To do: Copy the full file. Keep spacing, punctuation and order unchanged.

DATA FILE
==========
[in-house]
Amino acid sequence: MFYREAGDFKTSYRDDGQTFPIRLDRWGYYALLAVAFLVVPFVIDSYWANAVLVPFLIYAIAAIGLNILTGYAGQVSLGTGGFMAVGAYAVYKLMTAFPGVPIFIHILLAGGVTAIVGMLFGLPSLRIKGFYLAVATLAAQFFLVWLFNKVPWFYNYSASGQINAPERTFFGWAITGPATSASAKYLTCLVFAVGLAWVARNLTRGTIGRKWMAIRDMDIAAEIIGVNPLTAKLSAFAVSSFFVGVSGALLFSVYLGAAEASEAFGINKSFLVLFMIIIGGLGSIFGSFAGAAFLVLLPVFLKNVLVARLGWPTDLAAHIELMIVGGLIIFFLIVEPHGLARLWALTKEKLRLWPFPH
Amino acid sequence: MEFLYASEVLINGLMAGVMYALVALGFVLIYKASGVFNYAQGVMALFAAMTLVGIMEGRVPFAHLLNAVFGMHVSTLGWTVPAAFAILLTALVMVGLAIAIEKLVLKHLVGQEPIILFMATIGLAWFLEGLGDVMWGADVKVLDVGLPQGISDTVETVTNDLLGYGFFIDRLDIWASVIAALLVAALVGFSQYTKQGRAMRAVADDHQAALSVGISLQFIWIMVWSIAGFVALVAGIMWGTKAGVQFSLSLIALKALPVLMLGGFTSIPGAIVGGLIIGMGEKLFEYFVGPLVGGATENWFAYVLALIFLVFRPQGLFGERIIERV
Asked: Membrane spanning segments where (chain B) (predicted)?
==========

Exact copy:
[in-house]
Amino acid sequence: MFYREAGDFKTSYRDDGQTFPIRLDRWGYYALLAVAFLVVPFVIDSYWANAVLVPFLIYAIAAIGLNILTGYAGQVSLGTGGFMAVGAYAVYKLMTAFPGVPIFIHILLAGGVTAIVGMLFGLPSLRIKGFYLAVATLAAQFFLVWLFNKVPWFYNYSASGQINAPERTFFGWAITGPATSASAKYLTCLVFAVGLAWVARNLTRGTIGRKWMAIRDMDIAAEIIGVNPLTAKLSAFAVSSFFVGVSGALLFSVYLGAAEASEAFGINKSFLVLFMIIIGGLGSIFGSFAGAAFLVLLPVFLKNVLVARLGWPTDLAAHIELMIVGGLIIFFLIVEPHGLARLWALTKEKLRLWPFPH
Amino acid sequence: MEFLYASEVLINGLMAGVMYALVALGFVLIYKASGVFNYAQGVMALFAAMTLVGIMEGRVPFAHLLNAVFGMHVSTLGWTVPAAFAILLTALVMVGLAIAIEKLVLKHLVGQEPIILFMATIGLAWFLEGLGDVMWGADVKVLDVGLPQGISDTVETVTNDLLGYGFFIDRLDIWASVIAALLVAALVGFSQYTKQGRAMRAVADDHQAALSVGISLQFIWIMVWSIAGFVALVAGIMWGTKAGVQFSLSLIALKALPVLMLGGFTSIPGAIVGGLIIGMGEKLFEYFVGPLVGGATENWFAYVLALIFLVFRPQGLFGERIIERV
Asked: Membrane spanning segments where (chain B) (predicted)?